Undervalued Draft Targets: Batting Average

Fantasy baseball is a beautiful game. There are so many ways to build a competitive roster given all the different ways a player can contribute.

There are different ways players can contribute to your fantasy season in category leagues. This series of articles will walk you through each of the five standard categories (runs, home runs, slap runs, stolen bases and batting average) and highlight some of the names you can get late in the draft that will help you in each category. .

The idea here is to find out which names can catch you in a category where you are behind at the start of the draft. It is important to compete at all levels, punting categories are never a good idea. We start with the batting average, we’ll find you some cheap names to bring up your team’s projected batting average.

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#1 Not all batting averages are created equal

A batter who hits .280 on 500 ab will help your team’s batting average a lot more than someone who hits .280 on 400 abs. It is a simple fact of division. For example, right now, Nick Madrigal should hit 0.295, but his AB projection is below 500 AB. Bryan Reynolds is expected to hit a lower .282 but expected for 552 AB.

Imagine a fantastic season where your team racks up 6,000 ABs and hits .260 (1,560 shots). Adding Nick Madrigal’s 132 hits in 449 AB, that brings your team’s batting average to .2622. Adding in Bryan Reynolds’ 157 hits in 552 AB does pretty much the same thing, bringing your team average to .2621. Reynolds would represent a higher percentage of your team’s total AB, so the hits he adds to your teams affect your overall batting average more.

This is also true in reverse, take Yasmani Grandal for example. The guy is predicted to only hit .236, but his AB projection is weak at 412. That’s because of the rest days he gets as a receiver, but also because of how often he walks. He’ll go 0/2 with two walks more often than a 0/4, so while both of those batting averages are 0.000 for the day, it hurts less. Keep an eye out for AB projections.

#2 Batting average is often a compromise

The way to hit for a high batting average is to put a ton of balls in play. The way to put a ton of balls in play is often to swing the bat slower. A slower swing does two things:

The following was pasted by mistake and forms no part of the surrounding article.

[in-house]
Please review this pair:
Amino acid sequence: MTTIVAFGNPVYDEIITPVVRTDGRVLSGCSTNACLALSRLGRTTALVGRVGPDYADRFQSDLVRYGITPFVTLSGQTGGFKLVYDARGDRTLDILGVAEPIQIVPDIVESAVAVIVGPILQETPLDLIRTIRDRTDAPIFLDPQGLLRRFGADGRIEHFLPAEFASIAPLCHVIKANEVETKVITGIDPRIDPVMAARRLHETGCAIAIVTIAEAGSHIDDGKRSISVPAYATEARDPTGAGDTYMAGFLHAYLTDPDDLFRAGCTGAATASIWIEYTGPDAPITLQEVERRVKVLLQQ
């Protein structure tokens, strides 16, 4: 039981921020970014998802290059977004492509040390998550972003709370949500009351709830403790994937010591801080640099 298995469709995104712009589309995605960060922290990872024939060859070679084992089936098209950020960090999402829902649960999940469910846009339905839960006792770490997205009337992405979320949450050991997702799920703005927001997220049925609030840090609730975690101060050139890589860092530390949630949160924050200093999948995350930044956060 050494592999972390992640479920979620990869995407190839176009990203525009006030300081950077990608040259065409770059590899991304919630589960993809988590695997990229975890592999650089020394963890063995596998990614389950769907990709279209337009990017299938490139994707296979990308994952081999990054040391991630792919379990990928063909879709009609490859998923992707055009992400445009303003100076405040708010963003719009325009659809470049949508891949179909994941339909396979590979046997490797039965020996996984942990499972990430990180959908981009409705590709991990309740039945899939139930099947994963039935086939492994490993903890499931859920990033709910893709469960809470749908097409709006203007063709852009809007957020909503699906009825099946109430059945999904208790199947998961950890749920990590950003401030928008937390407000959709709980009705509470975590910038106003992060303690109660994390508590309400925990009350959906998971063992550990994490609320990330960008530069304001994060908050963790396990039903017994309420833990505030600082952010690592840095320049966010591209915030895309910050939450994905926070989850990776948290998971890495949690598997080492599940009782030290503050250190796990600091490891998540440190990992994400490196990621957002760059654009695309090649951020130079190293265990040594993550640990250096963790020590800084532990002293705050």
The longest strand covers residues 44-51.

1. Gives the batter more control over the bat
  2. Keeps the bat in the strike zone longer

Because of this, what we often see are the highest batting average throws accompanied by very low home run throws. Elite guys can do both at the same time, but the further down the draft board you go, the more home runs and RBIs you have to give up to get the batting average.

Visualization of AVG versus ADP

Here’s a scatter plot with every batter in the top 450 by ADP. It plots their projected batting average against their ADP. The dots at the top of the plot are the highest batting average projections, and the names to the right of the plot have progressively lower ADPs. We will choose a few names from this parcel.

End of round objectives

Luis Arraez, Minnesota Twins (ADP 320)

The Twins’ utility man has the fourth-highest batting average projection in the league. Since making his MLB debut in 2019, he has one of the best contact rates in the game at 91.7%. That leads to an elite strikeout rate of just 9.1% and a career batting average of .313.

The bad news is that he’s the classic example of that trade-off between batting average and power. He’s only hit six home runs in 966 career plate appearances, that’s a big problem for your team’s energy production, taking anything less than five in home runs hurts you a bit.

If you’re interested in Spring Training stories, Arraez says he focused on strength in the offseason and worked with Nelson Cruz:

Take it as you want, personally I wouldn’t stock it at all, but who knows! Arraez is better aligned in the deep leagues where each player’s home run has less effect on the total, starting Arraez every day because one of your 10 or so batters is going to hurt in all but batting average – so be careful there.

Alex Verdugo, Boston Red Sox (ADP 160)